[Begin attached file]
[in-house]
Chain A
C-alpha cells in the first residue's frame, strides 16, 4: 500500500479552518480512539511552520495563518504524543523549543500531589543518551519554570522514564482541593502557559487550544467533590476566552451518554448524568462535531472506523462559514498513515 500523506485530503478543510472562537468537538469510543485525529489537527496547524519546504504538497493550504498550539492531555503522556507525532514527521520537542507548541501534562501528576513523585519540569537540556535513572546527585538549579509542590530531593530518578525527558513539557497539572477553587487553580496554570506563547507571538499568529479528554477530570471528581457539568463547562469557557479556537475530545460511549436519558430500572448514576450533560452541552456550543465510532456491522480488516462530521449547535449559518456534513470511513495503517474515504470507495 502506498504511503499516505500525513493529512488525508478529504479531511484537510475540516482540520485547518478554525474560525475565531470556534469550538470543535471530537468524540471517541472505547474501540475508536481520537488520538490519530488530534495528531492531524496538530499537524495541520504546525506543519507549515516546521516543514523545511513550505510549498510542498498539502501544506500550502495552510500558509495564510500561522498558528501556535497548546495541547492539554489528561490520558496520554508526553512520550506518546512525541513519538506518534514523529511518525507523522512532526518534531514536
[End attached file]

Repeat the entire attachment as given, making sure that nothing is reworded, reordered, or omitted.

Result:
[in-house]
Chain A
C-alpha cells in the first residue's frame, strides 16, 4: 500500500479552518480512539511552520495563518504524543523549543500531589543518551519554570522514564482541593502557559487550544467533590476566552451518554448524568462535531472506523462559514498513515 500523506485530503478543510472562537468537538469510543485525529489537527496547524519546504504538497493550504498550539492531555503522556507525532514527521520537542507548541501534562501528576513523585519540569537540556535513572546527585538549579509542590530531593530518578525527558513539557497539572477553587487553580496554570506563547507571538499568529479528554477530570471528581457539568463547562469557557479556537475530545460511549436519558430500572448514576450533560452541552456550543465510532456491522480488516462530521449547535449559518456534513470511513495503517474515504470507495 502506498504511503499516505500525513493529512488525508478529504479531511484537510475540516482540520485547518478554525474560525475565531470556534469550538470543535471530537468524540471517541472505547474501540475508536481520537488520538490519530488530534495528531492531524496538530499537524495541520504546525506543519507549515516546521516543514523545511513550505510549498510542498498539502501544506500550502495552510500558509495564510500561522498558528501556535497548546495541547492539554489528561490520558496520554508526553512520550506518546512525541513519538506518534514523529511518525507523522512532526518534531514536